This story is part of a mini-series exploring The Farm at Butler, its methods, and its mission. Part three of six.
The Farm at Butler probably looks different from any you’ve seen before. It’s not a wall of corn or wheat, the same crop filling miles of fields along the highway. Instead, the one-acre space—nestled on a floodplain between the White River and the Central Canal—looks more like a backyard garden. Plenty of space separates each of the long, narrow plant beds growing more than 70 kinds of plants, and woody shrubs crawl up the sides of a wood-plank fence. You won’t see a tractor here, or even a plough—all the work is done by hand. And with just one full-time farmer and a handful of student interns, there aren’t that many hands to do the work.
Still, The Farm produces about 10,000 pounds of food each year.
That’s because Farm Manager Tim Dorsey and other leaders in Butler’s Center for Urban Ecology and Sustainability (CUES) have decided to let nature do the heavy lifting. Below, learn more about how nearly every aspect of The Farm at Butler draws from other ecosystems for guidance on how to make the most of organic growing.
The Farm is built on the idea of agroecology, a way of farming that looks to natural ecosystems for inspiration. Dorsey uses the forests and prairies surrounding The Farm as a guide, mimicking what he sees to create a diverse environment. For example, he tries to plant in a variety of layers, and he grows a mix of perennial and annual plants.
Dorsey has recently focused on adding more perennial permaculture elements, such as sturdy trees and shrubs, which live for years instead of requiring replanting each season. In addition to layering the canopy and providing shade as they grow, these more stable, low-maintenance plants minimize soil disturbance. Dorsey says this sort of farming is even healthier for the ecosystem than basic organic growing.
Caring for the soil:
A key element of sustainable, organic farming is protecting soil health. The more stable the soil, the less erosion and run-off will occur, the less pollution will take place, and the healthier the plants will be. At The Farm, Dorsey protects the soil in a variety of ways. For example, The Farm is on a nine-year crop rotation plan, which means a plot of soil grows a different plant each year for nine years. This gives the soil time to replenish itself with specific nutrients that were drained by previous plants. Some deep-rooted plants also serve the purpose of capturing the nutrients that have sunk to the lowest layers of the soil, then redistributing them to the upper layers, which helps make sure every nutrient gets used. And between plantings of different crops, they don’t use chemicals to kill remaining plants—they just lay down straw to smother out sunlight and conserve moisture.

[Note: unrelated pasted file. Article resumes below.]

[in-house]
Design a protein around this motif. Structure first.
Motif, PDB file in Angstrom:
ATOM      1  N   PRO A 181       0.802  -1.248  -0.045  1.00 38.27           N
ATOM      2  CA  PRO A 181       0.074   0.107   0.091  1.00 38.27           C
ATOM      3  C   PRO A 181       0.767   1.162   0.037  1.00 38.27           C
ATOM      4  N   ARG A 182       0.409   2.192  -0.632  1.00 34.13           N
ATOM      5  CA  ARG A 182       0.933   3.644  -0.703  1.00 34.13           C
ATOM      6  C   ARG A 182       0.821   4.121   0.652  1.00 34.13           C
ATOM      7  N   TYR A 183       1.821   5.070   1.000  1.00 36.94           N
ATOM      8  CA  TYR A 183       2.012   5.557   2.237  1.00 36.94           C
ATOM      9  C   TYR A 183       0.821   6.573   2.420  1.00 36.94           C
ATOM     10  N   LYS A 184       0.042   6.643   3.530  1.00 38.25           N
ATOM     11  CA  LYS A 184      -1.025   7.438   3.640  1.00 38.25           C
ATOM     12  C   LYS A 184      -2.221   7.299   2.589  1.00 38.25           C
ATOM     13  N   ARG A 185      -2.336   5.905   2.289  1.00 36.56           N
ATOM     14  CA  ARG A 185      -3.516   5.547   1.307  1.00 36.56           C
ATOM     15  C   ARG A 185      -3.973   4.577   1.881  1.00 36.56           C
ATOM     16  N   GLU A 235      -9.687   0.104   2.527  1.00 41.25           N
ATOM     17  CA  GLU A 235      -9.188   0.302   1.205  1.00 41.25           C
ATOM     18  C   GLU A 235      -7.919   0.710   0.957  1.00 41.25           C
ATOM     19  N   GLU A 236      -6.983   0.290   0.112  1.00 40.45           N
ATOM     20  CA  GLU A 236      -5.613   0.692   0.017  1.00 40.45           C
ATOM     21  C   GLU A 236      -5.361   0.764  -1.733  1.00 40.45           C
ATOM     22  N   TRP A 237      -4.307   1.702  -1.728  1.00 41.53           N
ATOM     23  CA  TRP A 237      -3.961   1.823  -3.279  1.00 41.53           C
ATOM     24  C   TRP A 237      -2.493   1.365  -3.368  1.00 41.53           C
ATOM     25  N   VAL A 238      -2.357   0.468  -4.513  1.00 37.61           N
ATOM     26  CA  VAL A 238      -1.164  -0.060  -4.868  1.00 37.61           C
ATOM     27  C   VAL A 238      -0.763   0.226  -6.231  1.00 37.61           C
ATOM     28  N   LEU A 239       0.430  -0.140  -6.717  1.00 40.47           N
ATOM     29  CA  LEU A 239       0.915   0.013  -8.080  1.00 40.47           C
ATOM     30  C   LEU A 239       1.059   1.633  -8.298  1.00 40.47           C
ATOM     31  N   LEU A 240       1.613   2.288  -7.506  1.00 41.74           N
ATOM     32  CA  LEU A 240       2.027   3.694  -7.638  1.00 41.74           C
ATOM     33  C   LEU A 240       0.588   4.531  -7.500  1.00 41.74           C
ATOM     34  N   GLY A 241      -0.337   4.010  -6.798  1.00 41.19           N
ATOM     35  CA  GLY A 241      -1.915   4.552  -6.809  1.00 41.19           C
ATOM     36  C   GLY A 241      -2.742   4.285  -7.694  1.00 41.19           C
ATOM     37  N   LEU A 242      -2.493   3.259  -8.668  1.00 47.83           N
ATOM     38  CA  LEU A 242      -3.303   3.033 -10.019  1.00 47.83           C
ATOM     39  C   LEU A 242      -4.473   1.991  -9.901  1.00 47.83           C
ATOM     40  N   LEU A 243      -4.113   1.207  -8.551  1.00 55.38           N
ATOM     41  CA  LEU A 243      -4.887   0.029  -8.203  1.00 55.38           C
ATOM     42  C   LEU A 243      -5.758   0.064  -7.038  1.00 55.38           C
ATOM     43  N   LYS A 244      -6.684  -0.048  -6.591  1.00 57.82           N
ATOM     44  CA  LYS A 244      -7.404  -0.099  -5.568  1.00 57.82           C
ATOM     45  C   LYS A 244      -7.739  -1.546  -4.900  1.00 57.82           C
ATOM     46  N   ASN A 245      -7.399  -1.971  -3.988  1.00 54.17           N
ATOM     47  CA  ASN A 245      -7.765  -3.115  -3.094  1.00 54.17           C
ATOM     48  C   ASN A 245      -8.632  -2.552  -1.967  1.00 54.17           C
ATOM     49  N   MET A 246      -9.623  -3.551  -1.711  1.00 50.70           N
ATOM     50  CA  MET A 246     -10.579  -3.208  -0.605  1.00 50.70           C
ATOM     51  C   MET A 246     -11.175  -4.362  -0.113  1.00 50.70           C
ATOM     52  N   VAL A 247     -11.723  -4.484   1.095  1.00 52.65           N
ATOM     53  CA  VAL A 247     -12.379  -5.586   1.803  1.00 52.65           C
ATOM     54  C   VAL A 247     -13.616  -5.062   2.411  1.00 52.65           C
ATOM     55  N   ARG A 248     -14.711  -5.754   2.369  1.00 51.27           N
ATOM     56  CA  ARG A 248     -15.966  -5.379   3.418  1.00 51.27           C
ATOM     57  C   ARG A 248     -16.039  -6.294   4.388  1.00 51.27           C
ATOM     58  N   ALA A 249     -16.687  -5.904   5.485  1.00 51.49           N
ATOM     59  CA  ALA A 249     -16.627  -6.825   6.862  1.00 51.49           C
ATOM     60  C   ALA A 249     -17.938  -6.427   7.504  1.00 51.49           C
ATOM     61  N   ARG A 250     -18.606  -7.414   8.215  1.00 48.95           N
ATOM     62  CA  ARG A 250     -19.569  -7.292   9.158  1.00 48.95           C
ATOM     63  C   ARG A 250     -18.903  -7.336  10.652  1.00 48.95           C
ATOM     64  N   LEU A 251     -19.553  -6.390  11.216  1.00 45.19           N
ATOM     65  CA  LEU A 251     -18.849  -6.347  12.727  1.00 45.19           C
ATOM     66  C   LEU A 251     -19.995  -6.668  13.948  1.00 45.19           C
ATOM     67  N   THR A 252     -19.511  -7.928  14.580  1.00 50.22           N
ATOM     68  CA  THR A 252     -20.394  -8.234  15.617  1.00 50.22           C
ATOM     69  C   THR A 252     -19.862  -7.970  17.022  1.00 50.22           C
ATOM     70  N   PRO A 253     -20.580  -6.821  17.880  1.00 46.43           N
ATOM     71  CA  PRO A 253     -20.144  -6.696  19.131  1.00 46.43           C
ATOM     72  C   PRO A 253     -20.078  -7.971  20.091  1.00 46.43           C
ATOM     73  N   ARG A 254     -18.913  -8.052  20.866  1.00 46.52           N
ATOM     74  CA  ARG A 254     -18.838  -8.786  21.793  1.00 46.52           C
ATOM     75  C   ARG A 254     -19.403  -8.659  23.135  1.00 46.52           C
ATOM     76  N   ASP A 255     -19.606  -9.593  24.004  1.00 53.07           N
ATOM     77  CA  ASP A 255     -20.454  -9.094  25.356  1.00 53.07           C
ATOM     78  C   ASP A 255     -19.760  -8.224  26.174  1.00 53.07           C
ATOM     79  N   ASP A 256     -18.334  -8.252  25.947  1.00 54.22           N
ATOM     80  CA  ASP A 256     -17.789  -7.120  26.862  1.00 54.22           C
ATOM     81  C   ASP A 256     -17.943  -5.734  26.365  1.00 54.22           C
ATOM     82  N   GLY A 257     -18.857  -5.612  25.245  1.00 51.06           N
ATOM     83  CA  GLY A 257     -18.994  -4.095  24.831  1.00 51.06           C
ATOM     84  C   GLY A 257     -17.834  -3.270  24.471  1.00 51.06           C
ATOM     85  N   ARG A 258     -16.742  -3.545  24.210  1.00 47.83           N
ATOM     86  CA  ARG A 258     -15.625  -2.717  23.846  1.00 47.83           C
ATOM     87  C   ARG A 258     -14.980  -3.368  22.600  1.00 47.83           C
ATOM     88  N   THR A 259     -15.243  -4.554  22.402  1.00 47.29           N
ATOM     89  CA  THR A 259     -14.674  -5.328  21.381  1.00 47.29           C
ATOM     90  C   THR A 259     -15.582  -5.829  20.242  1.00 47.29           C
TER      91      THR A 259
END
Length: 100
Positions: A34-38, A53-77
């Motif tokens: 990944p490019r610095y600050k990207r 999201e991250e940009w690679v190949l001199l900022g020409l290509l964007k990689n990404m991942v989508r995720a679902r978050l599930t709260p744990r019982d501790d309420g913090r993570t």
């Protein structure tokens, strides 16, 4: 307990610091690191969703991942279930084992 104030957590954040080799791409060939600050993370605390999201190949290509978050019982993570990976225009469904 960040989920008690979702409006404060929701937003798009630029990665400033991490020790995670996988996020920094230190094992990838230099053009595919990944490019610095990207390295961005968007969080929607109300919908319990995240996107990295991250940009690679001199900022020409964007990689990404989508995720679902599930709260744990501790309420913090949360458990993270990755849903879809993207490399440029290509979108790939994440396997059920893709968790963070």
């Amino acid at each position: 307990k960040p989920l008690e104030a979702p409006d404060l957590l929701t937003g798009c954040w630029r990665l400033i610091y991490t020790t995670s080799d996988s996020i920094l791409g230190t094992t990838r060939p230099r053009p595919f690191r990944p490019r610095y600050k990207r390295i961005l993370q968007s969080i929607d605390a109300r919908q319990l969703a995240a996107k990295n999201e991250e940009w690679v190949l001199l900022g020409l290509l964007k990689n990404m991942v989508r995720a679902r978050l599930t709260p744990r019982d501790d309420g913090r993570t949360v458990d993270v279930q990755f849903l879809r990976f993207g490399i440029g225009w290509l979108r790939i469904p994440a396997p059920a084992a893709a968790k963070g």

During the winter, or when there is any gap in the regular rotation, Dorsey plants cover crops to keep the soil in shape. For example, as soon as they finished harvesting the onions this summer, they put in oats. Oats will grow a lot before winter, and they also have an extensive root system. Onions get the most fertilizer (from compost), and oat roots scavenge what’s left so that nothing is wasted. Then when the oats die in the winter, they easily become automatic mulch, making it easy to handle in the spring.
Making the most of bugs:
Most people understand the importance of pollinators such as bees and butterflies when it comes to growing a garden, and The Farm is always looking for ways to put nature’s workers to the task. Two bee hives on The Farm are home to many of its buzzing friends, and a plot of flowers—which are later sold at the market—attract several graceful butterflies at a time. When deciding which new crops to try, Dorsey often focuses on choosing ones that serve a secondary purpose of bringing in more good bugs. “If we can get things to perform more than one function,” he says, “that’s ideal.”
But some critters making their way onto the acre aren’t so friendly—some pests gnaw at the leaves and plant their eggs on the stems. So Dorsey also makes sure to use “companion planting,” incorporating flowering plants that attract the right predatory insects to kill the pests. You might think of a wasp as a nuisance—or just plain evil—but on the farm, it serves a useful purpose.
What grows on the farm?
|Beets||Dwarf Korean pines||Onions||Scallions|
Part 1: Getting To The Root of It: How Butler’s One-Acre Farm Has Evolved In a Decade
Part 2: Farming Full-Time: How Tim Dorsey Discovered the World Through Agriculture
Part 3: A Crash Course on Nature-Focused, Hands-In-The-Dirt Growing
Part 4: Sustainability on the Syllabus
Part 5: A Model for Urban Farming in Indianapolis
Part 6: So, Where Does All The Food Go?
Explore the full Farm at Butler mini-series here
News Content Manager
Innovations in Teaching and Learning
One of the distinguishing features of a Butler education has always been the meaningful and enduring relationships between our faculty and students. Gifts to this pillar during Butler Beyond will accelerate our commitment to investing in faculty excellence by adding endowed positions, supporting faculty scholarship and research, renovating and expanding state-of-the-art teaching facilities, and more. Learn more, make a gift, and read other stories like this one at beyond.butler.edu.